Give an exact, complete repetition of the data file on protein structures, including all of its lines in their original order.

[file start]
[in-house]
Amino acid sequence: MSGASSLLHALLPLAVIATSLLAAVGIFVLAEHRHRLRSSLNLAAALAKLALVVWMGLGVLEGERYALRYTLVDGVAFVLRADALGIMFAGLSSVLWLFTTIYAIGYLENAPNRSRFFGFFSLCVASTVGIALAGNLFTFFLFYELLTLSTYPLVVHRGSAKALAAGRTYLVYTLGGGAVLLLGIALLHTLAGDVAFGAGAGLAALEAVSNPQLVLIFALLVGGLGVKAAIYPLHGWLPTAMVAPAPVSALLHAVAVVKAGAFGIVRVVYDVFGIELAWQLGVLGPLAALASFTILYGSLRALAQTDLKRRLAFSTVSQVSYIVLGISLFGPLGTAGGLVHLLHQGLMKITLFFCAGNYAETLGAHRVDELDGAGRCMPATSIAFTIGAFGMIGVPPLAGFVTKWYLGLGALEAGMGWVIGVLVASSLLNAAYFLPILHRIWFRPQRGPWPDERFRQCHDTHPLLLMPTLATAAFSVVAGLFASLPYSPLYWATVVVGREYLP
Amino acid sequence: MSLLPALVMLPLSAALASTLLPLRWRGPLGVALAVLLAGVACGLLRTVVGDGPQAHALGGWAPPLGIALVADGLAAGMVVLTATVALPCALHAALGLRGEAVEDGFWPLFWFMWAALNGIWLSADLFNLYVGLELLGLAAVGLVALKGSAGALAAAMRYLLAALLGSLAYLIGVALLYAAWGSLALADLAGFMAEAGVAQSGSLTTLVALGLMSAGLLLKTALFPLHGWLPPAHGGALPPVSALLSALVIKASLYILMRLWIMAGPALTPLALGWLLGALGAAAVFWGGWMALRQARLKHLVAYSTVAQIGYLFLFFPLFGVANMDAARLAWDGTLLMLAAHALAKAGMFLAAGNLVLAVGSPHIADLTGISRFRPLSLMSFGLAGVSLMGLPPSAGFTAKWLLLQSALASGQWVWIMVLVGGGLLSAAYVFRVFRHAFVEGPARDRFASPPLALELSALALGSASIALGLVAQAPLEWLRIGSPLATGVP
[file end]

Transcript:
[in-house]
Amino acid sequence: MSGASSLLHALLPLAVIATSLLAAVGIFVLAEHRHRLRSSLNLAAALAKLALVVWMGLGVLEGERYALRYTLVDGVAFVLRADALGIMFAGLSSVLWLFTTIYAIGYLENAPNRSRFFGFFSLCVASTVGIALAGNLFTFFLFYELLTLSTYPLVVHRGSAKALAAGRTYLVYTLGGGAVLLLGIALLHTLAGDVAFGAGAGLAALEAVSNPQLVLIFALLVGGLGVKAAIYPLHGWLPTAMVAPAPVSALLHAVAVVKAGAFGIVRVVYDVFGIELAWQLGVLGPLAALASFTILYGSLRALAQTDLKRRLAFSTVSQVSYIVLGISLFGPLGTAGGLVHLLHQGLMKITLFFCAGNYAETLGAHRVDELDGAGRCMPATSIAFTIGAFGMIGVPPLAGFVTKWYLGLGALEAGMGWVIGVLVASSLLNAAYFLPILHRIWFRPQRGPWPDERFRQCHDTHPLLLMPTLATAAFSVVAGLFASLPYSPLYWATVVVGREYLP
Amino acid sequence: MSLLPALVMLPLSAALASTLLPLRWRGPLGVALAVLLAGVACGLLRTVVGDGPQAHALGGWAPPLGIALVADGLAAGMVVLTATVALPCALHAALGLRGEAVEDGFWPLFWFMWAALNGIWLSADLFNLYVGLELLGLAAVGLVALKGSAGALAAAMRYLLAALLGSLAYLIGVALLYAAWGSLALADLAGFMAEAGVAQSGSLTTLVALGLMSAGLLLKTALFPLHGWLPPAHGGALPPVSALLSALVIKASLYILMRLWIMAGPALTPLALGWLLGALGAAAVFWGGWMALRQARLKHLVAYSTVAQIGYLFLFFPLFGVANMDAARLAWDGTLLMLAAHALAKAGMFLAAGNLVLAVGSPHIADLTGISRFRPLSLMSFGLAGVSLMGLPPSAGFTAKWLLLQSALASGQWVWIMVLVGGGLLSAAYVFRVFRHAFVEGPARDRFASPPLALELSALALGSASIALGLVAQAPLEWLRIGSPLATGVP